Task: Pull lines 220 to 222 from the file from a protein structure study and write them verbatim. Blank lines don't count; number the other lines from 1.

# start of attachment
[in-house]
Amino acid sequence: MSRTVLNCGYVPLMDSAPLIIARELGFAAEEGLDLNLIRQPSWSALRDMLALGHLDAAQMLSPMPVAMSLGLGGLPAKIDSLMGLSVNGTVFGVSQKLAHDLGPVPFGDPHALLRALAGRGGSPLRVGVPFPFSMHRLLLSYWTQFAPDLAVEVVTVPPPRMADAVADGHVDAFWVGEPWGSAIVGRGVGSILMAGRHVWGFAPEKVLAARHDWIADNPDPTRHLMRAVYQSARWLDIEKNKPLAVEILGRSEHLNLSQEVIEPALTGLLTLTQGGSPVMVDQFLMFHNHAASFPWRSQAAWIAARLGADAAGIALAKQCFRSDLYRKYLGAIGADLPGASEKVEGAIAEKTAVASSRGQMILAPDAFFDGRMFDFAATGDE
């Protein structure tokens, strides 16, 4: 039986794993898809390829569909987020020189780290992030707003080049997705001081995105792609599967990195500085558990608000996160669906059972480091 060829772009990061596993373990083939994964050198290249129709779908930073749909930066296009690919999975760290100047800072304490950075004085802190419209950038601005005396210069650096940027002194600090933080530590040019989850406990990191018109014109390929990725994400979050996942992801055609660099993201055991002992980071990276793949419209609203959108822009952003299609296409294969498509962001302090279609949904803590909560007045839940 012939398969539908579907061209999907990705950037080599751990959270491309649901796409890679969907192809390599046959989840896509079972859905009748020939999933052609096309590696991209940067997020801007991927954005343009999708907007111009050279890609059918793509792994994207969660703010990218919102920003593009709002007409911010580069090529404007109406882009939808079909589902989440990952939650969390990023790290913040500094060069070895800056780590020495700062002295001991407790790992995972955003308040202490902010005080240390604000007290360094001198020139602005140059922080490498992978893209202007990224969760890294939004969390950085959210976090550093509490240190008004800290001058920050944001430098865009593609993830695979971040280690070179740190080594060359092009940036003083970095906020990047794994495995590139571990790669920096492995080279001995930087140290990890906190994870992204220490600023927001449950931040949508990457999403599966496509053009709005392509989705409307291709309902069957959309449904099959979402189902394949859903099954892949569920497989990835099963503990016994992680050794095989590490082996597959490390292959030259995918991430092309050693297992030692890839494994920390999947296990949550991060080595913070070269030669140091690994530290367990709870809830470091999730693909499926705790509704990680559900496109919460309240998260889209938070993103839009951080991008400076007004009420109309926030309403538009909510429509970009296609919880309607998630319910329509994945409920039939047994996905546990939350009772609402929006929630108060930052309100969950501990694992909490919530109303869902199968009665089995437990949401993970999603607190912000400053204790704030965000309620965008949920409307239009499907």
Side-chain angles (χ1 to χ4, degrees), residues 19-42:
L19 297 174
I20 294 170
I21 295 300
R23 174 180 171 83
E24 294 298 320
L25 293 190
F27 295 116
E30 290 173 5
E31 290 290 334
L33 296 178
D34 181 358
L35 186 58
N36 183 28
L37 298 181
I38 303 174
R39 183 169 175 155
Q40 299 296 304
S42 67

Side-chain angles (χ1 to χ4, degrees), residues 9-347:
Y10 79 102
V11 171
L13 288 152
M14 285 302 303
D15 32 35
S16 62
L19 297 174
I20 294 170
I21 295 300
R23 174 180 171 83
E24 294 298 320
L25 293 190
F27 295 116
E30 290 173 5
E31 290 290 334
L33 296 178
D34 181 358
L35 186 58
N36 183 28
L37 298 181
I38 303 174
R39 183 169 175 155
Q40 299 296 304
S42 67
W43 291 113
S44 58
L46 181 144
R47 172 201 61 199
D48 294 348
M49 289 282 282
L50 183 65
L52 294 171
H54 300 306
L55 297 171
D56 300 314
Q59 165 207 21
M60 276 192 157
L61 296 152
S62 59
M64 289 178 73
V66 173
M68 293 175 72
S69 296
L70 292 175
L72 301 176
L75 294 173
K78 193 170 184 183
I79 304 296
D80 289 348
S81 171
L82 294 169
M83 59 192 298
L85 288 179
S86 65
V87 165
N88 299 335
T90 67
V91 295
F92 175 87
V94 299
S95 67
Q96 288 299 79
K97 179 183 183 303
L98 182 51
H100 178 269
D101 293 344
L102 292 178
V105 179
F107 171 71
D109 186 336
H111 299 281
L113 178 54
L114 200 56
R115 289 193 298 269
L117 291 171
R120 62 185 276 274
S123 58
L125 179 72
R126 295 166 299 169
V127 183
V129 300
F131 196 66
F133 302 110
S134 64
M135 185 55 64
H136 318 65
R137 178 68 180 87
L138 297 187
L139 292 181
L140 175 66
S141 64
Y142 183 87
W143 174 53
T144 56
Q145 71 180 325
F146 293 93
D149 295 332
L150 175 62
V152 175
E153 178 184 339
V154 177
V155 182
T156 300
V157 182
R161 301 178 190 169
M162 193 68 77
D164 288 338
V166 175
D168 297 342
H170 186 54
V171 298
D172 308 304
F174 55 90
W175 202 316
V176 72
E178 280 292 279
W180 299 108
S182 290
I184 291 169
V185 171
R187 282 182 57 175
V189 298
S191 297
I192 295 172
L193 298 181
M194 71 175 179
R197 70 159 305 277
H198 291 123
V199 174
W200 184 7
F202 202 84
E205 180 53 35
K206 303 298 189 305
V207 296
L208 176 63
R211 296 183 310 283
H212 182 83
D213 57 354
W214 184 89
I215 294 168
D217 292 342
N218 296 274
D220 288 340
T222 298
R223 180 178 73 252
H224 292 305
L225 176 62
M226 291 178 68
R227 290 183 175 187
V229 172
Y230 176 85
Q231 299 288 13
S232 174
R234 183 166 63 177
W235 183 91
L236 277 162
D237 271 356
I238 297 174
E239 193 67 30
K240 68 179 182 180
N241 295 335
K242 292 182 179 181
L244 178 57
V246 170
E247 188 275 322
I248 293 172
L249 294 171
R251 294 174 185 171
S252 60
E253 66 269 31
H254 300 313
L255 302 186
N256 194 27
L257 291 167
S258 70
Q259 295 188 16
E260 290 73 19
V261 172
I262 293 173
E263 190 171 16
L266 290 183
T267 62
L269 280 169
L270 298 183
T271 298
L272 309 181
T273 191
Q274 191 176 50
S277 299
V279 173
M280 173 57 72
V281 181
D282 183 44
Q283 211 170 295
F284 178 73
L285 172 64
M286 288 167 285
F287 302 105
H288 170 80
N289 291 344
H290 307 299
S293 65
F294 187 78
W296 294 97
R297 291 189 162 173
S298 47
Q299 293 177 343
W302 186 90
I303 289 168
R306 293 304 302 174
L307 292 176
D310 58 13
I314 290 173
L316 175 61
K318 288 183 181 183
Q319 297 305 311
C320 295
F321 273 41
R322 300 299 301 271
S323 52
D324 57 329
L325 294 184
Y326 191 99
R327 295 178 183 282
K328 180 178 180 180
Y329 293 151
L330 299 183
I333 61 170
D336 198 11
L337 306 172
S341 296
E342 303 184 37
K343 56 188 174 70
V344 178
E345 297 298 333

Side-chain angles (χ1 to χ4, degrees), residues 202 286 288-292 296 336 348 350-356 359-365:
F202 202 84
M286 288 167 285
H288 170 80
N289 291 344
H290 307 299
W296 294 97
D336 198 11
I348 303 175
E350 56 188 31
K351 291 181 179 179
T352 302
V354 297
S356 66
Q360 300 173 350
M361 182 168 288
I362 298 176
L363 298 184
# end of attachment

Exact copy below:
M286 288 167 285
F287 302 105
H288 170 80